Speed Reads

You gotta know when to hold 'em

Trump alone could clear up a lot of the mystery about the FBI's Mar-a-Lago raid, legal experts say

There are a lot of opinions about Monday's FBI search of former President Donald Trump's Mar-a-Lago club, and a little bit of confirmation from Trump's lawyers about what the FBI agents were looking for. But few people know what prompted the high-stakes search or the severity of Trump's potential legal jeopardy.

The FBI and Justice Department are staying mum about their raid, as required during active investigations, but "they are not the only ones in possession of relevant information," Politico's Kyle Cheney writes. In fact, "Trump is in perhaps the best position to reveal more details about what transpired on Monday."

"The former president has access to the full inventory of items that federal investigators were seeking as well as what was taken from his estate during the search," Politico reports. "He or his lawyers were almost certainly presented with a copy of the search warrant executed at Mar-a-Lago — though not the underlying affidavit or other supplemental materials." CNN's Elie Honig has more details.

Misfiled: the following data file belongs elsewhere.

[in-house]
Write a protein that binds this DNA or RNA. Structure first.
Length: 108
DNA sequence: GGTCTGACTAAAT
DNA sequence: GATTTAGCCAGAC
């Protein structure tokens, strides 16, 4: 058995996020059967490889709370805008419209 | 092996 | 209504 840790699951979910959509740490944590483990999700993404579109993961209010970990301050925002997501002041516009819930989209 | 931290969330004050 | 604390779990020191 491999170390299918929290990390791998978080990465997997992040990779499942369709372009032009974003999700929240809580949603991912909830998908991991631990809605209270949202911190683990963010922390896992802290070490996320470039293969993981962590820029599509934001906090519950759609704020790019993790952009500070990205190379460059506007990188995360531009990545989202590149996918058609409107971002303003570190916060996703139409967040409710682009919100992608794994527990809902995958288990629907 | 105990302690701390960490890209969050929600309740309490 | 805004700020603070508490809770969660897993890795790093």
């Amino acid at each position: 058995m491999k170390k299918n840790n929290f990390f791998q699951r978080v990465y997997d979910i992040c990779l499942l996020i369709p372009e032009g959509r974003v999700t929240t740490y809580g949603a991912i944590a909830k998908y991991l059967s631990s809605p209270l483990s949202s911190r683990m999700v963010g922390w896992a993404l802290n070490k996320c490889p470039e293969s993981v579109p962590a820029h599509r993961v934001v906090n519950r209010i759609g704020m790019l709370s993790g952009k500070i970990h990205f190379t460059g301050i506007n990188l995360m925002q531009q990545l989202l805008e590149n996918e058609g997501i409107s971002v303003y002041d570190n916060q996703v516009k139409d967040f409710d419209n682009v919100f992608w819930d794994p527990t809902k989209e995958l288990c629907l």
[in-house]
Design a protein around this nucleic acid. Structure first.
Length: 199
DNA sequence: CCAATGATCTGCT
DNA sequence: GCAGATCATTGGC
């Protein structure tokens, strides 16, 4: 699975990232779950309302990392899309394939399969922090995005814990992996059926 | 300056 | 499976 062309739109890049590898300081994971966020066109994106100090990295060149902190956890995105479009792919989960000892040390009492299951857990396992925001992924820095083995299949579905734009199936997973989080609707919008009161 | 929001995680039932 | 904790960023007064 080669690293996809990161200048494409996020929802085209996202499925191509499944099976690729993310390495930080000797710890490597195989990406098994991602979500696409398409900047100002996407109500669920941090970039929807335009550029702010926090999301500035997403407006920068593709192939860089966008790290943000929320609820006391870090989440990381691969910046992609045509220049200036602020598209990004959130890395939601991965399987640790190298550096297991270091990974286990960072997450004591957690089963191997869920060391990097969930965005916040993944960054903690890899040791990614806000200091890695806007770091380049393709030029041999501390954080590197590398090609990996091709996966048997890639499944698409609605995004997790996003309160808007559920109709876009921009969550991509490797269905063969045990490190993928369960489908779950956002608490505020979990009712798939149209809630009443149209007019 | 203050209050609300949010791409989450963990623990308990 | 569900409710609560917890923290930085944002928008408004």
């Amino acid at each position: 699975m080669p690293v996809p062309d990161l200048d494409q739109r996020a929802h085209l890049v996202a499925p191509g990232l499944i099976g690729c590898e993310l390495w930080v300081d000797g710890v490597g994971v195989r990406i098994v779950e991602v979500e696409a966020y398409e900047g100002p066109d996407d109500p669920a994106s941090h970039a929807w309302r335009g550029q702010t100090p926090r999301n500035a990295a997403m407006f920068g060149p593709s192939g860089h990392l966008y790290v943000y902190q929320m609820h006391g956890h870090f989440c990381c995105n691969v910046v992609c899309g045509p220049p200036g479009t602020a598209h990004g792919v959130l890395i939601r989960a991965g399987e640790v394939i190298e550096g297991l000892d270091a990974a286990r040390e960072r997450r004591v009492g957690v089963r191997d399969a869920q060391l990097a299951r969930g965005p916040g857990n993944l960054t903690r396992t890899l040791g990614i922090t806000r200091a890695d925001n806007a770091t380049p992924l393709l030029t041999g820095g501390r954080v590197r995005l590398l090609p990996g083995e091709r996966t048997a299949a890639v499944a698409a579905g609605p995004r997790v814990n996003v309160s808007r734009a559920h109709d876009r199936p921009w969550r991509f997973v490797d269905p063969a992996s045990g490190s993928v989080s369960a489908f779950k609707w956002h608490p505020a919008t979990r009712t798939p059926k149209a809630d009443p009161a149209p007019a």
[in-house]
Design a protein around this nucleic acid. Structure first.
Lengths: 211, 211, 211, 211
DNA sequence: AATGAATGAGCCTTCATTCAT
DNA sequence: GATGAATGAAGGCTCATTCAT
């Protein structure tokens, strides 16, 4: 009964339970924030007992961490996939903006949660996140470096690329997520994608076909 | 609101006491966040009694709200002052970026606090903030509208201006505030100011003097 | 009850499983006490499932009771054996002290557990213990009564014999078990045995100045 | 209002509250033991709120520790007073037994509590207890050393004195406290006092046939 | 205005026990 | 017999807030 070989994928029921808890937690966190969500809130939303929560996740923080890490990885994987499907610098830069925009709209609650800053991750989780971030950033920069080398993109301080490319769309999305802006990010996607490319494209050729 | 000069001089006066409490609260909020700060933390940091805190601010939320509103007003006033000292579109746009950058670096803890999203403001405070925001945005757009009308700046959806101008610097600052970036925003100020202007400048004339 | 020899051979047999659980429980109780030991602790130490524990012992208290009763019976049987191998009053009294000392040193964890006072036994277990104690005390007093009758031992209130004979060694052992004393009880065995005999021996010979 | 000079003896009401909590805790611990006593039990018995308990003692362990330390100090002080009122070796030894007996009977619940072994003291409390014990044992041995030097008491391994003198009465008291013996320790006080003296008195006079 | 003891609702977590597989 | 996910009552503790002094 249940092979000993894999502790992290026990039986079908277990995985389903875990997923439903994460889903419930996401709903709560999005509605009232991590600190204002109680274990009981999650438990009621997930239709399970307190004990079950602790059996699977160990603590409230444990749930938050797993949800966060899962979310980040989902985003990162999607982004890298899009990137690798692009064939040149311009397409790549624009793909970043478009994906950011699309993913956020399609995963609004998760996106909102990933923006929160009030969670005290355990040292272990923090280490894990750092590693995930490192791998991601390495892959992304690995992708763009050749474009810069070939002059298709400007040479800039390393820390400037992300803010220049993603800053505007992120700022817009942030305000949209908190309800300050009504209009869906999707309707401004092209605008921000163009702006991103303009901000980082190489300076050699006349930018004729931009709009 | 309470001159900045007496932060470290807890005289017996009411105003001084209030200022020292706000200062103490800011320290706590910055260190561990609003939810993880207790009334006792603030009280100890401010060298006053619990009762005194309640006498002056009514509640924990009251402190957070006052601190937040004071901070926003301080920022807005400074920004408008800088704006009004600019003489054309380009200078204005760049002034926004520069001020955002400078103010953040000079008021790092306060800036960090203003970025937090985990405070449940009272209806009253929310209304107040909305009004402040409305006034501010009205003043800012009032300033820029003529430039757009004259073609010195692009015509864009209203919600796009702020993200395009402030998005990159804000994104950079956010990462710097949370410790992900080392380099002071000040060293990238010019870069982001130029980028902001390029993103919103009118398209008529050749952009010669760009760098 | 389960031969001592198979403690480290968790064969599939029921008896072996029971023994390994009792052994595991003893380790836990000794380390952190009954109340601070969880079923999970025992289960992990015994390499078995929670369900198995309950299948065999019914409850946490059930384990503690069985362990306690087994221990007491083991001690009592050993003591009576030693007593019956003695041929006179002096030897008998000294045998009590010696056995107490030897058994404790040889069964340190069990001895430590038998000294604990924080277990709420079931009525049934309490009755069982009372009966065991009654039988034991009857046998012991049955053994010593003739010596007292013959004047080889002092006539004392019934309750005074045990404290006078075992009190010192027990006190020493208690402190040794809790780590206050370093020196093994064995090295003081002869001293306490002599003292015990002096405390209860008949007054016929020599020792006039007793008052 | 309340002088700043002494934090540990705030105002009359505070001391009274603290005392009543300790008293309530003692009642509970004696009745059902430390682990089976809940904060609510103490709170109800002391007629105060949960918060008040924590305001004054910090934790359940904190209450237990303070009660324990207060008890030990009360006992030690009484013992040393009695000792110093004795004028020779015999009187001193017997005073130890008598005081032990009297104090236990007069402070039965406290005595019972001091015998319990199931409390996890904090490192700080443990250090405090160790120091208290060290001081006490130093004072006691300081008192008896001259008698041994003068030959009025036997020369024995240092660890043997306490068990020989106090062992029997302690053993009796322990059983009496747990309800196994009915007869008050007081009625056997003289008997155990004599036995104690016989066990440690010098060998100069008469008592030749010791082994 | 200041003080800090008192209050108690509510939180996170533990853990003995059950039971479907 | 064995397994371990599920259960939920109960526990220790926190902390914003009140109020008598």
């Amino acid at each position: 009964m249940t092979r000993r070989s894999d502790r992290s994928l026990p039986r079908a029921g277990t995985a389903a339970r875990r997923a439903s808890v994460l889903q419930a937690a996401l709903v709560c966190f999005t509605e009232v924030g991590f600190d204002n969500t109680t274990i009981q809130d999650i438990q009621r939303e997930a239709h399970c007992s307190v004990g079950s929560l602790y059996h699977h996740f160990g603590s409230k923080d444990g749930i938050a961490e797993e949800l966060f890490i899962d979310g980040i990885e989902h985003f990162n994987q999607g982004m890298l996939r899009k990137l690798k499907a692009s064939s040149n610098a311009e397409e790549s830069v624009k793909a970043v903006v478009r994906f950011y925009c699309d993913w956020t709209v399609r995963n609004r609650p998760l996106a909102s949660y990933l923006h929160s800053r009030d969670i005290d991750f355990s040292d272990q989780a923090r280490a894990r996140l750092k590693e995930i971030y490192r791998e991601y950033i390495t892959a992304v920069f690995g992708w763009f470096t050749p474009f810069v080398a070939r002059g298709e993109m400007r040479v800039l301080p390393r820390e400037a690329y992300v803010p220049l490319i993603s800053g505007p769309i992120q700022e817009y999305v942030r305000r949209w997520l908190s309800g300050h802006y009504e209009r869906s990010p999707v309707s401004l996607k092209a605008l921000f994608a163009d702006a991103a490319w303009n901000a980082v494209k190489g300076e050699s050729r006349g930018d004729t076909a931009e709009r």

Trump is the one who publicly disclosed the FBI raid, and his lawyer Christina Bobb, who was at Mar-a-Lago during Monday's search, told Real America's Voice on Tuesday that investigators said they were "looking for classified information that they think should not have been removed from the White House, as well as presidential records."

"Sooner or later, the Justice Department and Mr. Trump will have to clarify the substance of what has happened," Federation of American Scientists open-records advocate Steven Aftergood told Politico. "Then we will know, was there a real violation of the law or was this some kind of speculative adventure. As far as I can tell, the FBI is not prone to the kind of — to what members of Congress have called a banana republic–like invasion. That doesn't happen, especially with a court order."

In lieu of explaining why the FBI took the risky step of executing a search warrant at his property, Trump is fund-raising off the raid and, one adviser told The Washington Post, he "sounded buoyed by the development, bragging about how many Republicans were supporting him publicly" and arguing "the search would help him politically in the end." The court of public opinion may eventually have enough facts to render a verdict, but in the court of law, the Post says, Trump's legal team is seeking recommendations for a really good criminal defense lawyer.